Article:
On The Fly: Boot Knoppix Linux, Keep Windows Installation

Installation... Don't Need It!

Knoppix is not installed in the traditional sense, rather it is run "on the fly" from the CD. Most computer users have had some experience installing operating systems such as Windows, and Linux. Those installations require you to carve out partitions on the hard drive, format them, and then put the system files on those partitions. Knoppix will not write to the hard drives of your computer (unless you want it to). To run Knoppix, you simply insert the CD into your PC, then boot to the CD.

The boot screen will come up, and just hit enter to boot into Knoppix. If you have a lot of RAM (more than 512 MB), you can type in "knoppix toram," which will put the whole CD into ram. This will take several minutes, but the performance will increase dramatically. Normally, when an application is opened in Knoppix, the application is uncompressed and then loaded into memory. This takes some time, and may give users an impression that Knoppix Linux is slow. If you use the "knoppix toram" switch, then the Knoppix will seem many times faster, because the application is being uncompressed in RAM.

It is possible to actually install Knoppix to your hard drive (as many people have done). You can find instructions here . That being said, if you want to go through all that effort, you might as well install a "real" Linux distribution such as Red Hat Fedora, or Debian.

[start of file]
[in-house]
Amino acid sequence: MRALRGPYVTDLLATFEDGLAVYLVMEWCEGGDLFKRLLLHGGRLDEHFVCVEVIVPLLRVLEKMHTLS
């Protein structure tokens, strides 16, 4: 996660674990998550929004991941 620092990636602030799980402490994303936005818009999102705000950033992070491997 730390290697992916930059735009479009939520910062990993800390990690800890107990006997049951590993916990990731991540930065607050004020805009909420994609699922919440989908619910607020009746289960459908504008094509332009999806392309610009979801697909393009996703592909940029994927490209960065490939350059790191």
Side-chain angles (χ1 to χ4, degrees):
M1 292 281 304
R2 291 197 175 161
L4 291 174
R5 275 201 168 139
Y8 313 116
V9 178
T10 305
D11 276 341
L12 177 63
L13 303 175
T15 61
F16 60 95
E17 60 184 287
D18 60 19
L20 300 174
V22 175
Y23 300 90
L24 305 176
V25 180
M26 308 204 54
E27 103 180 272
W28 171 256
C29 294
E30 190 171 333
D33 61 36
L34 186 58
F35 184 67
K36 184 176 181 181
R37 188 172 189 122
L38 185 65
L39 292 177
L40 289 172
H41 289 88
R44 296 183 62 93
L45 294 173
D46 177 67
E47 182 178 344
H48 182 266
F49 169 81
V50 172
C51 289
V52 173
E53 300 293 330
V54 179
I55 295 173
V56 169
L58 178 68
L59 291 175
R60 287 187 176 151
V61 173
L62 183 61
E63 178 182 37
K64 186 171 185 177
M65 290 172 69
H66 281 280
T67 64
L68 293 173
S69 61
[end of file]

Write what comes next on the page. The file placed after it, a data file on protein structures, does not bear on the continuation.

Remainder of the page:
For the bored IT workers in the audience, I present to you a good way of giving your boss a heart attack. Find your company server and boot to the Knoppix CD. Then show your boss the screen, and say, "Hey boss, you know, I was looking at Linux and decided to install it on the server. Doesn't it look really cool?" You won't do any permanent damage to the server, because Knoppix runs in RAM. Of course, THG and I take no responsibility for your actions. I disavow any knowledge of this.

Hardware Detection

Knoppix is known for its wonderful hardware detection capabilities. It should detect most video and sound cards.

We tested it on three PCs: a Shuttle 41G2 with a Geforce 4 ti4200 a Micron PC with Matrox Parhelia and a Toshiba A35-S1592 Laptop. Video and sound detection was no problem. USB device detection was spotty. My SanDisk Cruzer 256 MB USB Keychain was not detected, but was detected in Knoppix version 3.2. It also did not support hotplugging (connecting the device after boot up) of USB devices, which is something that Windows users enjoy.

Knoppix was able to sense all the network cards and pull a DHCP IP Address from our router. The only minor glitch was on the Shuttle 41G2; I had to manually tell the network card to pull DHCP addresses.

Some people want to install Linux on their computers, but are not sure if their hardware will be supported. It would be unfortunate to go through a lengthy install of Red Hat or Mandrake, for example, to subsequently learn your latest and greatest hardware is undetected. Knoppix can be used as a good test of hardware compatibility, before going through an actual install. If Knoppix detects it, then the other distributions should also detect it.

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